unfortunately I dont have a link for you for Tyll's "warehouse" of response graphs.. anyone?

ah, here it is - http://www.innerfidelity.com/headphone-data-sheet-downloads


Edited by Br777 - 12/16/11 at 4:29pm
post #39 of 48
Thread Starter 
Quote:
Originally Posted by B-Dawk20 View Post

I always hear the HD650's highs are reeeeeeeeaally recessed. Any tips on helping that out?


Personally, I don't find HD650's high's as recessed as many say.

 

Generally, I don't trust most people's opinions on what is bright and what is recessed, because many tend to have a preference towards overly bright sonic signature, due to many years of biased conditioning from consumer electronics. Even though HD650's aren't perfect, they are still one of the best all-around headphones in its price range in terms of pleasant overall sonic signature.

 

Can you EQ it to sound even better? Sure, but I think you'll find that you'd end up doing less EQ'ing with the HD650 than you would many other headphones out there, including the more expensive ones or the more respected ones. Out of the box and without any EQ'ing allowed, I'd trust the HD650 over any other headphones I own, except in the sub-bass region (for that, I'd use the LCD-2).

post #40 of 48

Is Electri-Q_(posihfopit_edition).dll (Foobar2000 component) a good equalizer?
 

post #41 of 48
Thread Starter 
Quote:
Originally Posted by korzena View Post

Is Electri-Q_(posihfopit_edition).dll (Foobar2000 component) a good equalizer?
 

It's fine. It's actually rare to see bad EQ plugins nowadays, since DSP programming and technology in general has advanced so much.

post #42 of 48
Thread Starter 

UPDATE January 05, 2014

Here's the updated and more accurate/detailed ATH-M50 curve:

20 KHz, 10 dB, 0.35 oct

8700 Hz, -12 dB, 0.30 oct

5700 Hz, 12 dB, 0.42 oct

4036 Hz, -3 dB, 0.25 oct

3400 Hz, 4 dB, 0.33 oct

2000 Hz, -2.4 dB, 0.42 oct

300 Hz, 4 dB, 0.47 oct

130 Hz, -3.2 dB, 0.35 oct

95 Hz, 4.8 dB, 0.25 oct

40 Hz, -5.0 dB, 1.82 oct

 

This curve is based on the latest measurements from InnerFidelity.

 

If that sounds a bit bright for some of you, use this one instead (it's a bit more relaxed in the presence region):

Everything is the same except these two bands:

8700 Hz, -8 dB, 0.30 oct

5700, 8 dB, 0.42 oct

post #43 of 48

Many thanks for taking the time to do this, and share it with the community. I was curious to try your curve for the M50s, but since I use foobar and Spotify, I wanted to find an eq solution that worked system wide (Spotify doesn't support vst's, and the third party eq's that I saw were pretty poor). 

 

So after some searching, I stumbled upon Equalizer APO (http://sourceforge.net/projects/equalizerapo/), which applies a virtually unlimited equalizer system-wide. The only issue is that you have a text file to work with, though there are graphical tools that will output the config. I quickly reproduced your curve for that program:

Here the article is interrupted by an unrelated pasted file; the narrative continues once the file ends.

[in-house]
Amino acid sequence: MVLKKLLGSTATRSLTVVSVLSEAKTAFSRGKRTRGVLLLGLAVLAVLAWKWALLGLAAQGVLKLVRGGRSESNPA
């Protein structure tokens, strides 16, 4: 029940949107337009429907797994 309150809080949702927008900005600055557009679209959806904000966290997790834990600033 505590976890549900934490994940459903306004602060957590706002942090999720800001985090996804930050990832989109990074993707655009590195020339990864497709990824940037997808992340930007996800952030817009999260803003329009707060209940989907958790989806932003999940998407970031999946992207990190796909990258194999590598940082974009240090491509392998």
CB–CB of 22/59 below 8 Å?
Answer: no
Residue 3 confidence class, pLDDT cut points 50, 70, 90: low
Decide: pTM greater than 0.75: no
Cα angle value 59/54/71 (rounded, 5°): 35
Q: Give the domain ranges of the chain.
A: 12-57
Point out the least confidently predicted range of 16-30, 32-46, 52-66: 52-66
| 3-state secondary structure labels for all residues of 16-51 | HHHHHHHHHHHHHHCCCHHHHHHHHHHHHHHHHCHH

Filter  1: ON  PK       Fc    20000.0 Hz  Gain   10.0 dB  BW Oct 0.35
Filter  2: ON  PK       Fc    8700.0 Hz  Gain   -12.0 dB  BW Oct 0.30
Filter  3: ON  PK       Fc    5700.0 Hz  Gain   12.0 dB  BW Oct 0.42
Filter  4: ON  PK       Fc    4036.0 Hz  Gain   -3.0 dB  BW Oct 0.25
Filter  5: ON  PK       Fc    3400.0 Hz  Gain   4.0 dB  BW Oct 0.33
Filter  6: ON  PK       Fc    2000.0 Hz  Gain   -2.4 dB  BW Oct 0.42
Filter  7: ON  PK       Fc    300.0 Hz  Gain   4.0 dB  BW Oct 0.47
Filter  8: ON  PK       Fc    130.0 Hz  Gain   -3.2 dB  BW Oct 0.35
Filter  9: ON  PK       Fc    95.0 Hz  Gain   4.8 dB  BW Oct 0.25
Filter 10: ON  PK       Fc    40.0 Hz  Gain   -5.0 dB BW Oct 1.82

 

All of which you put into something like m50.txt, and then in config.txt under C:\Program Files\EqualizerAPO\config just add the line "include m50.txt". It seems like it's the same curve as EasyQ makes, though I'm not 100% sure. If you have the time, could you take a look? It might be a more elegant solution than just using EasyQ. Should one apply a negative preamp gain to avoid clipping from the boosts?


Edited by syn_fx - 1/27/14 at 2:36pm
post #44 of 48

^ That setting seems a bit excessive. I always apply a negative preamp gain with the same value as the biggest boost. In your case it would be - 12 dB.

 

Does anybody have some good settings to give the HD 650 a bit more presence in the mids?

post #45 of 48
Thread Starter 
Quote:
Originally Posted by Kaffeemann View Post
 

^ That setting seems a bit excessive. I always apply a negative preamp gain with the same value as the biggest boost. In your case it would be - 12 dB.

 

Does anybody have some good settings to give the HD 650 a bit more presence in the mids?

You probably don't want to do that. The mids of HD650 doesn't need any boosting at all, and you'll just destroy its renowned balanced sonic signature and make it too bright. If you must do it, then just create a single parametric band with a gentle slope and maybe +2~3 dB and sweep it throughout the mids and find the spot that sounds the most appealing to you. Make sure you listen to a wide range of different types of recordings/styles of music while you do this, so you're not just EQ'ing for only one particular song and then all other songs sound worse with the EQ.